After almost 50 years, the origins of the 'Smiley' are contested but the iconic yellow design emerged and became popular in 1963 as a moral booster for the employees of an insurance company in Massachusetts after a company merger. The man behind this visual reminder to put on a 'happy face' was Harvey Ball, who designed the image for a $45 fee.
Alastair travels to Worcester, just outside of Boston, to meet Harvey's son Charlie and hear the story of his father's famous design. Are Worcester's residents proud of its role in the 'smiley' story?
Murray Spain, with brother and business partner Bernie, decided the image was a perfect balm for a traumatised American public in the wake of the Vietnam War. In Philadelphia they put the image on cards, badges and gift items and by 1971 had sold 50 million badges. Just why does he think the smiley face caught the public's imagination?
Frenchman Franklin Loufrani used the image to indicate good news in the paper 'France Soir' and made swift moves to trademark the image. His company now turns over $100 million a year and embroiled in a copyright dispute with Walmart over the image in the 1990s. His son Nicholas, CEO of 'The Smiley Company', tells a tale of copyright squabbles, big business and why the logo has such longevity.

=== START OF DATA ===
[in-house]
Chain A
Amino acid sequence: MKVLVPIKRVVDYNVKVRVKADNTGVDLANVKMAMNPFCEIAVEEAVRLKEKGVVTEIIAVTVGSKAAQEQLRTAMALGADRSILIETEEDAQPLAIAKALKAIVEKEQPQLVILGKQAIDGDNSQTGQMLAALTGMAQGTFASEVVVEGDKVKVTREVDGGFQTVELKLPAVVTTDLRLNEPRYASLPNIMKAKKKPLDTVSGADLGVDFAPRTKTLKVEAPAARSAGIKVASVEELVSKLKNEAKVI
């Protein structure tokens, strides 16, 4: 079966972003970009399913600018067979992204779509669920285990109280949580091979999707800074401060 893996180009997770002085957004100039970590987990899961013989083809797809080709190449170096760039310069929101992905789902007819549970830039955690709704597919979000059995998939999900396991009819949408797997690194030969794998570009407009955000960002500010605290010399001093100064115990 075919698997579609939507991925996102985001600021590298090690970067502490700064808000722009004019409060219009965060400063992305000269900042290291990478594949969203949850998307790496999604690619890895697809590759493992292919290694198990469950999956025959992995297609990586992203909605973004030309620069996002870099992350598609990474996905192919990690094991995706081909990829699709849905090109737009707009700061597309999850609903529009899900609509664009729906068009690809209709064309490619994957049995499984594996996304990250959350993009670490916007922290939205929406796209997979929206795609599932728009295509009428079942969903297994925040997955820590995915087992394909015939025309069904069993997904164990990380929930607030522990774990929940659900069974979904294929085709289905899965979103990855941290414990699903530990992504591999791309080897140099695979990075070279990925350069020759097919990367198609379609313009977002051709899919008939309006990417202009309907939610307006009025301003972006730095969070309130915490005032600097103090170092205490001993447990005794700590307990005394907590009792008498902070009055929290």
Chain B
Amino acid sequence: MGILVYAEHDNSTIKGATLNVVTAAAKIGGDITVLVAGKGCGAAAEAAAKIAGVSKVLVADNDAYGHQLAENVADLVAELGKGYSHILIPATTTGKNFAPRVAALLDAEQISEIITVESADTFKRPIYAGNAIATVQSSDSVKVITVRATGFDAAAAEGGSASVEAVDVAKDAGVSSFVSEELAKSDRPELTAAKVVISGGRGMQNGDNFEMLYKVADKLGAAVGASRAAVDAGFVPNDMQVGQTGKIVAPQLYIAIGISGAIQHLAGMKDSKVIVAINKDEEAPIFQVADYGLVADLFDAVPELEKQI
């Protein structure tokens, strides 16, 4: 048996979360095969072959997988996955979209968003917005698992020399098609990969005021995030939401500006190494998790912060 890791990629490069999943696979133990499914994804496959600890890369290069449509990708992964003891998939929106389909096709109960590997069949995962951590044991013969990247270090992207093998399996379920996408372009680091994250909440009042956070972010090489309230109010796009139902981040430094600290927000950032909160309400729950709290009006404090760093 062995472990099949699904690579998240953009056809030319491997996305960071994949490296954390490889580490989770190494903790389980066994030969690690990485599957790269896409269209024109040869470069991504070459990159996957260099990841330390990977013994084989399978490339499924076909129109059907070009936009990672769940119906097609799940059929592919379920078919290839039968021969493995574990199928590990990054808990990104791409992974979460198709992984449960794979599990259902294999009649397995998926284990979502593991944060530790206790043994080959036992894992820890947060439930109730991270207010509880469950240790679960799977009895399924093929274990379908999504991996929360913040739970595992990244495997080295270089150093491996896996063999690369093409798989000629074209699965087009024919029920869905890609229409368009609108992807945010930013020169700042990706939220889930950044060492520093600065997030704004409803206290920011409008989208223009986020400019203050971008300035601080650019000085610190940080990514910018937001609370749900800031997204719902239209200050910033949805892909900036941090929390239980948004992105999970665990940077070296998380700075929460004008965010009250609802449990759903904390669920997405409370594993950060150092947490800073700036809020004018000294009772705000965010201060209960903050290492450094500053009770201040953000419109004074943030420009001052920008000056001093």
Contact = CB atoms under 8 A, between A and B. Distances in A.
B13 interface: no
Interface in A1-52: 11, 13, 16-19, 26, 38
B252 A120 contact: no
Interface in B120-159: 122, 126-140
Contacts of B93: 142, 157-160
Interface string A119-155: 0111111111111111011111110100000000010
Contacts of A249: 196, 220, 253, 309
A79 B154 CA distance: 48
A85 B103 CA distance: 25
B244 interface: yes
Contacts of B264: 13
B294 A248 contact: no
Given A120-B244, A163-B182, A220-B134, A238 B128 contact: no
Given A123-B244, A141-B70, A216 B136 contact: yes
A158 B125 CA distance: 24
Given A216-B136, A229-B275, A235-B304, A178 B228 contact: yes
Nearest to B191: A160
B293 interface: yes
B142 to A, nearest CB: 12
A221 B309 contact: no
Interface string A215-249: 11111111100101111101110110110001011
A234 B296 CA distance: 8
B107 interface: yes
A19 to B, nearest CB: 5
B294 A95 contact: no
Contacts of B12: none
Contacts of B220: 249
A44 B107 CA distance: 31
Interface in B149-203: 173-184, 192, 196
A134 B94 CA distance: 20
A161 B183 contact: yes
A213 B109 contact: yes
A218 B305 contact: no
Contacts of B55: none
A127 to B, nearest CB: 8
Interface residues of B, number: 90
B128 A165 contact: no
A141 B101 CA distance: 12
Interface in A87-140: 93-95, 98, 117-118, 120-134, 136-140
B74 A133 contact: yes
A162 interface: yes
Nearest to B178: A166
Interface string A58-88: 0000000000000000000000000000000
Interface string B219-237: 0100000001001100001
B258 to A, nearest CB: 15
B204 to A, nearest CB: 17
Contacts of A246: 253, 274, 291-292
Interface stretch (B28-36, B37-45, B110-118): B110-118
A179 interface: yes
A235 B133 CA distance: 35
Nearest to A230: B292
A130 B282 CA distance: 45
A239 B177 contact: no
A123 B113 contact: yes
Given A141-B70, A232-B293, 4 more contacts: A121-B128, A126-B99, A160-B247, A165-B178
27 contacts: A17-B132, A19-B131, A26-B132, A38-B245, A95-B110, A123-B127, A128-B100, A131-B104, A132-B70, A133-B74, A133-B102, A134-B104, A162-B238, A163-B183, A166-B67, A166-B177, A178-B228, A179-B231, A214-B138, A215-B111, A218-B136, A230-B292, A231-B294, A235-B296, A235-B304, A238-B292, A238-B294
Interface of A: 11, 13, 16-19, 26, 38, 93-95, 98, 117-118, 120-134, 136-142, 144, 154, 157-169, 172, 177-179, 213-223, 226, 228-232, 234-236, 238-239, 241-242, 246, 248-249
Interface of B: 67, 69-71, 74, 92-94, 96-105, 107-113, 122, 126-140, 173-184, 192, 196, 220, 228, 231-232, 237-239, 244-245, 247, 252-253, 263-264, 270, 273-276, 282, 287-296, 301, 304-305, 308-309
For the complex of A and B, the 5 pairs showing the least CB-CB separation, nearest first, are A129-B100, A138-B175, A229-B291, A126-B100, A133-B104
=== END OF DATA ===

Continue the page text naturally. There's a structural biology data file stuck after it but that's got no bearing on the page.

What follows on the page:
An image of childlike innocence and happiness was ripe for subversion and Alastair examines how the smiley has been used in popular culture for satirical purposes, from Acid House and rave culture to Alan Moore and Dave Gibbon's revered graphic novel 'The Watchmen' and Banksy's graffiti.
In Smiley's People, Alastair meets the people behind that simple image of a shiny yellow face, two bright black eyes and a 'Mr Happy' mouth and asks what, during a new period of austerity, the smiley means to us.
Producer: Rebecca Maxted
A Wise Buddah production for BBC Radio 4.
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